Airmail Regd Fountain Pen – Write to Me Often // While Indian pens are generally inexpensive, I’ve found many of them to be rough around the edges and usually not worth the cost to get them in the U.S.

Leather Review – Northwestward Field Notes cover by Craft & Lore — The Purl Bug // *A nice cover. In my case I don’t want this much protection for my pocket notebooks. Use and abuse provides it’s own design.

Pilot Capless – 1973 – CN–400BS – Crónicas Estilográficas // At one time I wanted one of the old style VPs but never came across one that had a proce I was willing to pay. I’ve gotten over it, although I do look for them if I’m at a pen show.

June Loadout — The Finer Point // I always enjoy seeing what others are using.

Announcement: The Souverän M3xx Now in The Aviary – The Pelikan’s Perch // A great Pelikan resource grows.

Pen Review: Kaweco Fantasie Pen — the desk of lori // A very interesting idea.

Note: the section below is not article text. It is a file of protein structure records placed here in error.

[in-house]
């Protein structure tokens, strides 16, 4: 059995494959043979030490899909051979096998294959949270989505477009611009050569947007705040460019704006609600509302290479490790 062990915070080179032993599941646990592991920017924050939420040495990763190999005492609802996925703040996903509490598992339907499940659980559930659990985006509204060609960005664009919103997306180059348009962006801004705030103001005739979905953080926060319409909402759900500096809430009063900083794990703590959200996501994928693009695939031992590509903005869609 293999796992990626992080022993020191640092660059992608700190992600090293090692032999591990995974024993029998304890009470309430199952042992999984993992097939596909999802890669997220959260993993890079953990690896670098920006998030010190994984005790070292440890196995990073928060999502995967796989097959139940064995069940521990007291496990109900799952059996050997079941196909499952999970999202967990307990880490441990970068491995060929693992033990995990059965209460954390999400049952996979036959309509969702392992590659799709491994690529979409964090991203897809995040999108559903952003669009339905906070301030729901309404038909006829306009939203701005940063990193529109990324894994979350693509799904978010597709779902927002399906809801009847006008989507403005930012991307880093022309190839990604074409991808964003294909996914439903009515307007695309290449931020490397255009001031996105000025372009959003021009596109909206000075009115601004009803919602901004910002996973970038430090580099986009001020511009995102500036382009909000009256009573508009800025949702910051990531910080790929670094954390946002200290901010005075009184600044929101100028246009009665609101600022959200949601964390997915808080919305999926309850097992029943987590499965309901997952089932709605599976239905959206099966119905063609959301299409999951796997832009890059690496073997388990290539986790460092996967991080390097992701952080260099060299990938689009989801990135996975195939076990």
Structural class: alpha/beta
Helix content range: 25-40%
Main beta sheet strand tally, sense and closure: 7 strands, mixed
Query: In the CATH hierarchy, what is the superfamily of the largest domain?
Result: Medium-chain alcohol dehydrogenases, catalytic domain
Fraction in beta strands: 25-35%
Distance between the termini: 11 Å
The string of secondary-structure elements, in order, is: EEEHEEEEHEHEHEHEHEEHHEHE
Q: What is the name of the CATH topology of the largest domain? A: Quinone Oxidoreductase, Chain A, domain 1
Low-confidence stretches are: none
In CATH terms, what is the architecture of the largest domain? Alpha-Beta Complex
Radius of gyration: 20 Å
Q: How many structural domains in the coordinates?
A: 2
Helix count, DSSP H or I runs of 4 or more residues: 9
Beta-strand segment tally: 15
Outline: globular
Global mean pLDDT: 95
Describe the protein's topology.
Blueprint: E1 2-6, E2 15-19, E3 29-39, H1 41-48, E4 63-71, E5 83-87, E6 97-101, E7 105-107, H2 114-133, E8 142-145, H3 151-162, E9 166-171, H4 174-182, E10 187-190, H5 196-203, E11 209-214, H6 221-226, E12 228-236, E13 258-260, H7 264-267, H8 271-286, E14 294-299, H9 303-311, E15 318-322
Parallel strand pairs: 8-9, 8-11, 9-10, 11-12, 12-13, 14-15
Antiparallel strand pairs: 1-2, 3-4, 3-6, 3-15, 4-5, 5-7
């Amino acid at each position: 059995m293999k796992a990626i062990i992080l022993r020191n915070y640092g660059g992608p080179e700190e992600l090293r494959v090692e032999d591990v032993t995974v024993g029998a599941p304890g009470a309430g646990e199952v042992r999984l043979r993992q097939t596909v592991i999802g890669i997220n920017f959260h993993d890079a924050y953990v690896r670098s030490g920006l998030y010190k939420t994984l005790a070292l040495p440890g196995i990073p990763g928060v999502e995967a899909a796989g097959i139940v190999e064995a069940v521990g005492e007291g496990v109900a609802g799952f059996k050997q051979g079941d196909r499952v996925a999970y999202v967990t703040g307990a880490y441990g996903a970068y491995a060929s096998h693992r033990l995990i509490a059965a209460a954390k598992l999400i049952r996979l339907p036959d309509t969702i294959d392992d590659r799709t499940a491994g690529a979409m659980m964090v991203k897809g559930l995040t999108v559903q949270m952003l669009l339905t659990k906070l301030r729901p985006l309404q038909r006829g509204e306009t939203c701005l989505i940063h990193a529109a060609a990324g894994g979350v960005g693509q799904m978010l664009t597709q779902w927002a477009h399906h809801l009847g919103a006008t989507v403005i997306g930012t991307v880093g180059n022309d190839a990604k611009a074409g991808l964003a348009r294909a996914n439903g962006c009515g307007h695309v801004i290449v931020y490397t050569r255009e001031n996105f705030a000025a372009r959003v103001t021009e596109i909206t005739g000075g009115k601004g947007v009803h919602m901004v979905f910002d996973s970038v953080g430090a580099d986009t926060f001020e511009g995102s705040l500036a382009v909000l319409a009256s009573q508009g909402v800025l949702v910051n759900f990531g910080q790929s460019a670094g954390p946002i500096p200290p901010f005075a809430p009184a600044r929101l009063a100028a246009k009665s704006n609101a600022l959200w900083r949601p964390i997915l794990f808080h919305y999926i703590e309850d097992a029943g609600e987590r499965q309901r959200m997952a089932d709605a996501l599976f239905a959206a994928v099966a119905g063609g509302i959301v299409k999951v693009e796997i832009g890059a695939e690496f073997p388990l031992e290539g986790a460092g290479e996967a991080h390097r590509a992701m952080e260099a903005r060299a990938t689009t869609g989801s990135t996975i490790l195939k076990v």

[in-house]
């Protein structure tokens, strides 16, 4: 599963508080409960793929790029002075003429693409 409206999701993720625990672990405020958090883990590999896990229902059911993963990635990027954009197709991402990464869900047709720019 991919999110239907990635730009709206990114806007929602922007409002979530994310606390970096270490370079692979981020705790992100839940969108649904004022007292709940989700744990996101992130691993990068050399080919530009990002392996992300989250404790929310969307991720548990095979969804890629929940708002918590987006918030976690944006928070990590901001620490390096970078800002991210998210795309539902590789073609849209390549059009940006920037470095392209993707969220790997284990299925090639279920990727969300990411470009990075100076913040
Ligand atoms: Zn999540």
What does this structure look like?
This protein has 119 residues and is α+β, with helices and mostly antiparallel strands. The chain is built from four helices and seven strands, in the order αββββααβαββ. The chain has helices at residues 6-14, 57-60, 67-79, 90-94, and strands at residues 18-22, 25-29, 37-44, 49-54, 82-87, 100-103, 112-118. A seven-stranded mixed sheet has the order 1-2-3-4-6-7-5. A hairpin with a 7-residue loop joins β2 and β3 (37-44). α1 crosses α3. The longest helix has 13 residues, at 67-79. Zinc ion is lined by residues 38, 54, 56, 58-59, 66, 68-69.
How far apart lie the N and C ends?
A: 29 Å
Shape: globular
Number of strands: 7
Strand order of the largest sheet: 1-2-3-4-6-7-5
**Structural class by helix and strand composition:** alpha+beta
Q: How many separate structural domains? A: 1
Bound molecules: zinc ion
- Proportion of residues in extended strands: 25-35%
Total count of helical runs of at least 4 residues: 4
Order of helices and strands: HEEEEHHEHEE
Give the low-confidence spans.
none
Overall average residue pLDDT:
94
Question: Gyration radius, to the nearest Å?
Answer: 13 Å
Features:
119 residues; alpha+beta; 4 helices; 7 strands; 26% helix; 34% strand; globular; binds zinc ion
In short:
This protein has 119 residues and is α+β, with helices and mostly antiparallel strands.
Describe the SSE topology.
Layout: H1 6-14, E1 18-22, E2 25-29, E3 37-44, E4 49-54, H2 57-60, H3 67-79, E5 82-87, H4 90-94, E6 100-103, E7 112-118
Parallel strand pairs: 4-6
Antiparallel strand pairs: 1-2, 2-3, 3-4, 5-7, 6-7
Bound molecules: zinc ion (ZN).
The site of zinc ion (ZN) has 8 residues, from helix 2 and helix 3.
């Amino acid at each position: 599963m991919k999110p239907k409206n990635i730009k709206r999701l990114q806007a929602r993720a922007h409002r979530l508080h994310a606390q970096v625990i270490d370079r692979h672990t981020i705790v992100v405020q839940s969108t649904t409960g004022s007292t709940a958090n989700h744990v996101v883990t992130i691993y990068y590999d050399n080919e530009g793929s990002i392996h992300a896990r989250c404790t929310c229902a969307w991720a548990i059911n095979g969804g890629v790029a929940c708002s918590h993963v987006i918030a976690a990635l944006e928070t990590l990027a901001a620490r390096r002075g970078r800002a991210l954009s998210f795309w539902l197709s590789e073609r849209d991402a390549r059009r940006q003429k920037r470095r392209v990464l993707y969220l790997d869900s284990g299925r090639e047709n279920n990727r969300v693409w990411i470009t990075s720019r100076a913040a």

Check out all of this week’s links at Fountain Pen Links. If you’re looking for information about a specific pen or ink be sure to visit Pennquod.

Fountain Pens For Sale

It’s time to thin the accumulation again. All the pens are in excellent shape, they just aren’t for me. Shipping is $6 in the U.S. unless otherwise noted.

Additional details and fine print:

  • I will ship internationally. International shipping is at cost which can be significant, at least $25 for a reasonable delivery time, about $16 for a delivery time that could be measured in weeks. I’ve had some recent problems with the USPS with recent international shipping (geographically challenged, sometimes sitting in customs for the wrong country, resulting in delivery times exceeding a month) so I reserve the right to not sell the pen when tracking and insurance are not available. The price of the pen is declared for customs.